It came without warning. My mind had slowed to a pleasant buzzing that particular Friday night, the week’s overwhelming events already beginning to fade, leaving a blank canvas in their wake. I was faced with two choices: barely brush the surface of the palette and let a familiar film soothe my nerves, or open myself up to marring the canvas with cinematic significance. Needless to say, I found Parasite that night. Parasite found me.
The story begins with a family of four living in a ramshackle apartment in modern-day South Korea and folding pizza boxes to make ends meet. When one of the children, Ki-woo, is offered a tutoring position for the extremely wealthy Park family, he gleefully accepts the position and begins working at their mansion. As the film progresses, the rest of the Kims finesse their way into working for the wealthy family and the pattern of parasitism that gives the film its name begins to reveal itself.
Although Parasite plays with familiar topics in art, whether it be greed or class inequality, it presents them in a way that feels bizarre, novel, and compelling all at once. For two hours and twelve minutes, I was transfixed. The kind of transfixed where you can’t tear your eyes away from the screen and your brain morphs into a sponge as it attempts to take in as much visual information as possible.
But as all movies do, Parasite ended. I rose from my seat thinking I’d just watched a great film, one that would receive a plethora of awards. This, I predicted correctly. What I had no way of knowing was that half an hour later, I would come to realize that this movie changed my life.
Most of my dramatic epiphany hinges on a single quote delivered by Ki-taek while he’s talking to his son: “Do you want to know how you make a foolproof plan? Don’t plan at all. Have no plan. If you plan, something will always go wrong. That’s life.” While the idea of having no expectations isn’t particularly groundbreaking, the circumstances that brought about this line make it all the more poignant.
Every time I hear someone give this piece of advice, they’re well past their days of worrying about the future and are instead living in an unwavering state of security. Advice from them does nothing to cure my anxiety about my future in journalism or writing, both notorious for being penniless industries. While these advice-givers mean well, they felt distant in the way adults do when you are a child. The difference with Ki-taek is that he has nothing left to lose when he delivers the line.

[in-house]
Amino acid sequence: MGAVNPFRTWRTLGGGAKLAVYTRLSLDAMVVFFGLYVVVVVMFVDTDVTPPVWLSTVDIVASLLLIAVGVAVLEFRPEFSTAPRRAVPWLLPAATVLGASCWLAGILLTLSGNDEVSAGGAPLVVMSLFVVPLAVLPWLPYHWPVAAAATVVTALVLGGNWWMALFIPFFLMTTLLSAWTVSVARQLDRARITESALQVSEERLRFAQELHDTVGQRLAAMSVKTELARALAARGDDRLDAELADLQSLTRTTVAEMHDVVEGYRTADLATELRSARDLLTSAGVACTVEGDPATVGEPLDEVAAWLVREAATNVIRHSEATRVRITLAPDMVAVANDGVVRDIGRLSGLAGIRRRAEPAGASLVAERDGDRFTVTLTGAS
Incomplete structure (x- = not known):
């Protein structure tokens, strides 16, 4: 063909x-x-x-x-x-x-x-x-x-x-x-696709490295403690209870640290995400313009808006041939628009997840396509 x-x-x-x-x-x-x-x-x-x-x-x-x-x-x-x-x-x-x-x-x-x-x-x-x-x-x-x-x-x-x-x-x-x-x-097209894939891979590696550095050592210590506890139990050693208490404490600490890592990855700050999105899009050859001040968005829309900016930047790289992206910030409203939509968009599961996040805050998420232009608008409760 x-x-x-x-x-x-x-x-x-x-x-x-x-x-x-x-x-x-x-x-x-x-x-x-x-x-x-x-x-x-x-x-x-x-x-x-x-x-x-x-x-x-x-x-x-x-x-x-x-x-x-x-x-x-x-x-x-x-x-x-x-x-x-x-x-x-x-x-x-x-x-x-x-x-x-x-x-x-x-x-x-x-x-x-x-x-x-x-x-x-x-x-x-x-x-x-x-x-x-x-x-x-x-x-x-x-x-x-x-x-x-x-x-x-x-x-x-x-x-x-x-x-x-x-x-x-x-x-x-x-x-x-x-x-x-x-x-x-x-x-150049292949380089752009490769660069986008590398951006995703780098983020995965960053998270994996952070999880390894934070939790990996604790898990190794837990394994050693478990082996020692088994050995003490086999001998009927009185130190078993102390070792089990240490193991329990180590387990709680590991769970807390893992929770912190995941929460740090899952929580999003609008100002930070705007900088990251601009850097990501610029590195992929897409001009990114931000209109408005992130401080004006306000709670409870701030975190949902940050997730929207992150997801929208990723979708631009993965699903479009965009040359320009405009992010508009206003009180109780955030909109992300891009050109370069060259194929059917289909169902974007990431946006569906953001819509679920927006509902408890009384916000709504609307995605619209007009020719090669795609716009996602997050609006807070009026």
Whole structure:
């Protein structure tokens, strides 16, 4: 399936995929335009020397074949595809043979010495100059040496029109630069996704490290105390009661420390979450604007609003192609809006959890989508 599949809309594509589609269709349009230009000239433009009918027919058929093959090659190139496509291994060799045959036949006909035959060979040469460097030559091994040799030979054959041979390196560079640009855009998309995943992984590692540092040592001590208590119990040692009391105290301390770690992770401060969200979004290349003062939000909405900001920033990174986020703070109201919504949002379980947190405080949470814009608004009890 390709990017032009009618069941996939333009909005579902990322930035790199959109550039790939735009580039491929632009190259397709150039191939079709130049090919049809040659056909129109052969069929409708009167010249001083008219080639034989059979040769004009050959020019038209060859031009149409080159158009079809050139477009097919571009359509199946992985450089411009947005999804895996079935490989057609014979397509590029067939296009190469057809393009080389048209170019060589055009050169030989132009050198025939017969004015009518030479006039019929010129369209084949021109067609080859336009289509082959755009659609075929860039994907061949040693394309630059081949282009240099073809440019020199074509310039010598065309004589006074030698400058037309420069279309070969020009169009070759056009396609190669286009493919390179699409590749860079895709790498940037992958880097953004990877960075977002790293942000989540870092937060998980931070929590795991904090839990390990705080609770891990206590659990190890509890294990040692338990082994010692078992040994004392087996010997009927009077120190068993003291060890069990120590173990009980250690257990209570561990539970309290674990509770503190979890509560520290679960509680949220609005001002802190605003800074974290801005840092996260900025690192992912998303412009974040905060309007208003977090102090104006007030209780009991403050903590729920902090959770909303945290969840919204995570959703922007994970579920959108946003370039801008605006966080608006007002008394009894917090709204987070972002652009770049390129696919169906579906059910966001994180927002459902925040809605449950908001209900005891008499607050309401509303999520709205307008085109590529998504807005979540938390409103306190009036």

Ki-taek may be a fictional character, but his words resonated with me more than anyone else’s ever had. There was no need to keep searching for the root of my anxiety—I had found it. I’d been focusing on everything that wasn’t within my control instead of what was, careening myself into an endless cycle of unnecessary fear. The landscape of my future was dotted with unfortunate turns and perennial instability, but only through my addled lens. In reality, my future appeared just as blank as anyone else’s.
Another motif in the film that incited change in my life is tied to the Scholar Stone gifted to the Kim family at the beginning of the film. The rock is said to bring good fortune to the family that receives it, which holds true for the first half of the film and dissolves when it’s used as a tool for violence toward the end. The family’s brief run with money is initially electrifying, but does nothing to alleviate their long-term suffering.
In some convoluted way, after reflecting on the role of the Scholar Stone in the film’s exploration of wealth and greed, my battle with money slowed to a standstill. In the last couple of years, I was constantly plagued with the fear that I wasn’t making enough for someone my age. I looked to those with flourishing influencer careers or side hustles and wondered why I couldn’t manifest the same for myself.
Competition being the thief of joy aside, Parasite planted the seeds for a conversation I needed to have with myself: what would an excess of money really provide? Would I be more fulfilled? Would having more money create more problems than it would solve for someone who wasn’t living above their means?
The last piece of my reckoning took slightly longer to slide into place than the other two, but was no less impactful. Although the family unit is practically shattered by the end, the final communication that occurs between Ki-taek and Ki-woo, father and son, speaks volumes about family loyalty. Despite being unable to escape the basement of the mansion, the area of the house that becomes synonymous with parasitism, Ki-taek tries in earnest to deliver a message to his son to assure him that all is well. When Ki-woo decodes the Morse code in which the message is delivered, he can finally rest assured knowing where his father is after years of incertitude.
Although my familial situation differs greatly from that of the Kims, I came away from the film significantly more sympathetic. Growing up with traditional parents in a conservative culture, particularly against the backdrop of America, caused my resentment to fester over the years. I interpreted my parents’ care to be an intentional limitation placed on my freedom, and so our relationship was contentious.
But just as Ki-woo realized his father doesn’t always have the perfect answer to everything, I realized my parents are simply two people that fiercely love me and want nothing more than to see me safe. I’ve learned to step back from arguments and reassess who and what I’m arguing against—is it my parents or the traditional systems in place? Which “perpetrator” has always looked out for me?
I can’t promise that watching Parasite will inspire the same upheaval of lifelong beliefs in you as it did for me. Instead, I implore you to keep your mind open and brave the task of marring your canvas once in a while. The resulting splatters of color may surprise you.